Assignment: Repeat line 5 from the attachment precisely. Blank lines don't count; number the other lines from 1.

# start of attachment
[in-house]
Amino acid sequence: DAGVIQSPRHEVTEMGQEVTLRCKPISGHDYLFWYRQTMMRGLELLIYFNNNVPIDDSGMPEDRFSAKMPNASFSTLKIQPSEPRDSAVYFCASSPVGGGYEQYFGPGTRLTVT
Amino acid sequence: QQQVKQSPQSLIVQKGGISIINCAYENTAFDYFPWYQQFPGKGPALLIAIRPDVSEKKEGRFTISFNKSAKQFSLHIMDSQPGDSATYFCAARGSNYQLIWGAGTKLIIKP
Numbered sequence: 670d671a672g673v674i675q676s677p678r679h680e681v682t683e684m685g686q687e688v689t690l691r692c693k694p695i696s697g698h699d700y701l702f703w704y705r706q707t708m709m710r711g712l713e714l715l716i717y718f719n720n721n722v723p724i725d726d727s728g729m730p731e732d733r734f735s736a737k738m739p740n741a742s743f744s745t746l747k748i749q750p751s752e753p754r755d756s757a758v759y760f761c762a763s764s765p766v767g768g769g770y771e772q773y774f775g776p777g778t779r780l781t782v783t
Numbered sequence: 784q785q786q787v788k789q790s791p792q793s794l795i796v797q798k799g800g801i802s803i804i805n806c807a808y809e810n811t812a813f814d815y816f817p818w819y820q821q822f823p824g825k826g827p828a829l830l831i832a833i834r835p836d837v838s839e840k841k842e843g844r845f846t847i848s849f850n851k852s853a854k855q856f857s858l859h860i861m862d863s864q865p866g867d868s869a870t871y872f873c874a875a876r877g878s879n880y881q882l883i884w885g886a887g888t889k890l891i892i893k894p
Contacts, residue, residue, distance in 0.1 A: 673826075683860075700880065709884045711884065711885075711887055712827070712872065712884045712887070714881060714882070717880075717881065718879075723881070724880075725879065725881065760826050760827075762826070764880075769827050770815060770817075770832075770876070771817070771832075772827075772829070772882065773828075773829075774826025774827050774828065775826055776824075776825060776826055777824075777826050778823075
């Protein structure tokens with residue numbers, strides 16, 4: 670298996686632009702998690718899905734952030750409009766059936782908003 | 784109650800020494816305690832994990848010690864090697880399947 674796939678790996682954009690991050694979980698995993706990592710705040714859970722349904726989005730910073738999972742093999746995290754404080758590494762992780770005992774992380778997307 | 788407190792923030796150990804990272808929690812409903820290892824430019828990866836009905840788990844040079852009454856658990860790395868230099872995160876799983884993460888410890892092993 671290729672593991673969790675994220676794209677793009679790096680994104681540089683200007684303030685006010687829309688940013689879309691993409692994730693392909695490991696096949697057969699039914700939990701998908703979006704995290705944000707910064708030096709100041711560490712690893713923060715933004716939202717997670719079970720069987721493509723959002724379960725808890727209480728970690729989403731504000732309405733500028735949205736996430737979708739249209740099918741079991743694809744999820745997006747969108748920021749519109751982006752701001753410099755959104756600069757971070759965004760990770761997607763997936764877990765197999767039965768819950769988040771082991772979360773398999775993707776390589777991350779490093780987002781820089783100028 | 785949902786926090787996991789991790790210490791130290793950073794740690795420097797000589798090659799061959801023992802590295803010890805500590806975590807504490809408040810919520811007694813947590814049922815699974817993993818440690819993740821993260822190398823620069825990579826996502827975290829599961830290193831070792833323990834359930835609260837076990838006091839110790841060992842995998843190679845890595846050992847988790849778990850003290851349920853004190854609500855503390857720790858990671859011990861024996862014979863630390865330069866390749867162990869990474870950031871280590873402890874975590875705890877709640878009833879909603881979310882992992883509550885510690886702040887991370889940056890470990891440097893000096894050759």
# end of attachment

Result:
Numbered sequence: 784q785q786q787v788k789q790s791p792q793s794l795i796v797q798k799g800g801i802s803i804i805n806c807a808y809e810n811t812a813f814d815y816f817p818w819y820q821q822f823p824g825k826g827p828a829l830l831i832a833i834r835p836d837v838s839e840k841k842e843g844r845f846t847i848s849f850n851k852s853a854k855q856f857s858l859h860i861m862d863s864q865p866g867d868s869a870t871y872f873c874a875a876r877g878s879n880y881q882l883i884w885g886a887g888t889k890l891i892i893k894p